Question about pasteurizing milk - Mothering Forums

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Old 09-04-2011, 08:59 PM - Thread Starter
 
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We drink raw milk because it has intact proteins, enzymes and beneficial bacteria.  At least that's the reasoning.

 

But I was just thinking- if pasteurization denatures the proteins and destroys a lot of the other good stuff in the milk, doesn't cooking meat destroy most of the good stuff in it and denature the proteins? 

 

Does someone know if there is a difference? 

 

I know homoginization is a big no-no- that messes with the fat particles and oxidizes cholesterol.  But isn't pasteurization basically cooking?  And then we go and cook our meat- which we eat far more often than we drink raw milk.

 

I won't drink milk that's pasteurized and homoginized and I eat raw eggs every day. But is it breaking logic to go and cook all of the beef, chicken, fish that we eat all the time? LOL don't think I could do that....I like a rare steak but raw shrimp is just a tad too much and I licked raw liver....ew. Hehe.

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Old 09-04-2011, 11:46 PM
 
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Hmmm, never thought about it.  I dont know, I would think it would be different, and I am guessing that the makeup of the meat is much diff than that of milk.  Here is a video that I love about raw milk http://nourishedkitchen.com/mark-mcafee-raw-milk-interview/ 

I know your not supposed to eat burnt meat because something about it alters it and is cancer causing or something.  Not that I ever have eated burt meat, probably why I dont remember the reason not to do it.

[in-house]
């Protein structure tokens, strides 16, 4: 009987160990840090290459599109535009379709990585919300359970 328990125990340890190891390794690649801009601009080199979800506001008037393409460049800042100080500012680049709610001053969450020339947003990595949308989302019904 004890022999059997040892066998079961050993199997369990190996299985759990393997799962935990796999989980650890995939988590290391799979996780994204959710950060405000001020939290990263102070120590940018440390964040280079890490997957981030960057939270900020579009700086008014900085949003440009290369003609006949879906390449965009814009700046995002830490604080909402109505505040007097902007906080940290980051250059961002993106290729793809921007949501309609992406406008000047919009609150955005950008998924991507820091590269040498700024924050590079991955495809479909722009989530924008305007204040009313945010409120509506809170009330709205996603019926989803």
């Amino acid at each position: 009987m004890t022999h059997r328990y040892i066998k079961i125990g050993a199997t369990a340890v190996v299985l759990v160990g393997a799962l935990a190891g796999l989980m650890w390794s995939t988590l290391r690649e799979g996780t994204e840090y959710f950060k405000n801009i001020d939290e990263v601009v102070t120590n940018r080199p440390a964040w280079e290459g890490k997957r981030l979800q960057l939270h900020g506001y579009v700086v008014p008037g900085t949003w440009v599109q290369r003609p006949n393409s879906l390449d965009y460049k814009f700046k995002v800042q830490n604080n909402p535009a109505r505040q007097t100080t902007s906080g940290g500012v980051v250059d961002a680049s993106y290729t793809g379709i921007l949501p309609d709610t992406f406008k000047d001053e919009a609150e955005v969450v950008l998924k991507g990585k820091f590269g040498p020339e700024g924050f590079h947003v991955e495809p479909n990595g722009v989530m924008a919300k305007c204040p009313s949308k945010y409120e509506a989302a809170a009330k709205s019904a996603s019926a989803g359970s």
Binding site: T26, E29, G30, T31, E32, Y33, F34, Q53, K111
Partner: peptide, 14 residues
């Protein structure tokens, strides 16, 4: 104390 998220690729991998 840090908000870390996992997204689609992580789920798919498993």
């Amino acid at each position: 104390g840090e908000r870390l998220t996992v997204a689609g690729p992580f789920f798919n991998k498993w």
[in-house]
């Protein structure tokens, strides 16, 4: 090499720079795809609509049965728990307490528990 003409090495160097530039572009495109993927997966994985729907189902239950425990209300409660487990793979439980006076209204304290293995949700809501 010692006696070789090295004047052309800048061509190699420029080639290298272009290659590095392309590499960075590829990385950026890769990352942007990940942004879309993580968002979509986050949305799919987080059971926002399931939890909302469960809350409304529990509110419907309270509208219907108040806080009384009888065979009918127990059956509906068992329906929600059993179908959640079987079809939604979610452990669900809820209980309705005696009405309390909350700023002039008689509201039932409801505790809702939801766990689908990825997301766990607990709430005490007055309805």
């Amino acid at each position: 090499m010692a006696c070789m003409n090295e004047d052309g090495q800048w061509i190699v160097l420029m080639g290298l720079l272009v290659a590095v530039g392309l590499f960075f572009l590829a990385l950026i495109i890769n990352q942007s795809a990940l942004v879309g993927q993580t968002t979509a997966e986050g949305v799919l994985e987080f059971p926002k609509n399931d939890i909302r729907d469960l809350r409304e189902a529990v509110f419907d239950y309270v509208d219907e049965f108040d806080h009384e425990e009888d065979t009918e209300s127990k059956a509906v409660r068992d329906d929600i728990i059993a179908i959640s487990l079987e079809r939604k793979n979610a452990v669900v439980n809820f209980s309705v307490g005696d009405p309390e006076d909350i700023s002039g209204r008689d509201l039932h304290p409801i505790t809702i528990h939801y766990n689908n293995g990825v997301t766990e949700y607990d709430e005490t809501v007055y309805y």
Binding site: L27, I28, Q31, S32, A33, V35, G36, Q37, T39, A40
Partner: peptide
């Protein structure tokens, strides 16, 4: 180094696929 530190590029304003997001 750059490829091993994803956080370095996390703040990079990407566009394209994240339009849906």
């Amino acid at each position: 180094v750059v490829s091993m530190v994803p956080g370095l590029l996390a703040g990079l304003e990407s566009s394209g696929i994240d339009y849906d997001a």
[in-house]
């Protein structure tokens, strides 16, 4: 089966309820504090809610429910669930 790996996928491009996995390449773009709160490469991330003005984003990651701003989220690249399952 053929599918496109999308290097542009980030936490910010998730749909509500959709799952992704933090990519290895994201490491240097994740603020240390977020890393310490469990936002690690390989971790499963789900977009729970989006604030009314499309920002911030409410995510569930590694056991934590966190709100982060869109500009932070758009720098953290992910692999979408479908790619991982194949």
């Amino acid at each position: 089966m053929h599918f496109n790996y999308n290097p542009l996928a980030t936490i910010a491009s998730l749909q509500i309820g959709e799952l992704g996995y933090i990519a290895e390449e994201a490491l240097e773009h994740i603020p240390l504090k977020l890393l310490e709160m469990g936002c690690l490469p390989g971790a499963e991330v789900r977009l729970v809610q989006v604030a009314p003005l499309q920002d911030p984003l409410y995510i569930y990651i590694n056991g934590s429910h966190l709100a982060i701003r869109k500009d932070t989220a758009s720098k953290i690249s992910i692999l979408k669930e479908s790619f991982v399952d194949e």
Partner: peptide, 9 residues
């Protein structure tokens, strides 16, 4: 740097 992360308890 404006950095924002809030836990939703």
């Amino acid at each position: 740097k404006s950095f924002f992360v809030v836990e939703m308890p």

But, we are not big meat eaters.  It is easy to go several days without meat for us, but we drink a lot of milk.  We certainly prefer raw and that is all DD drinks, but I get WIC so I also drink the organic stuff from the store since it is free and I cant afford to buy ALL of our milk which is like a half gallon a day or more, but I can afford to buy enough for DD to have all her milk raw and for DH and I to drink about 2 cups per day.

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Old 09-05-2011, 12:22 PM - Thread Starter
 
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Yeah, charred meat is definitely something we don't consume.  Usually roasted or stewed is what we do. And we eat a lot of eggs.

 

We don't drink much milk, we go through maybe 3/4 a gallon a week. So the price of raw, which is $3.80 a half gallon here isn't a big deal.

 

It just makes me wonder about how proteins are destroyed in pasteurization- and in cooking meat is at even higher heat for a much longer time. 

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Old 09-06-2011, 08:03 AM
 
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I just got Nourishing Traditions the other day, and it talks about "meats cooked at very high temperatures contain elevated amounts of carcinogens. Meat should be eaten raw, rare or braised in water or stock."

 

Eat Fat Lose Fat indicated meats to eaten raw could be frozen for at least 14 days to kill many pathogens.

 

I started eating raw beef liver, I actually like it raw after I had it that way a few times. Chicken liver not so much.

 

I think Nourishing Traditions (or maybe it was a different book..) said to eat fish raw it recommends soaking it in lime juice for a few hours beforehand to start breaking it down some. I believe this is called cerviche.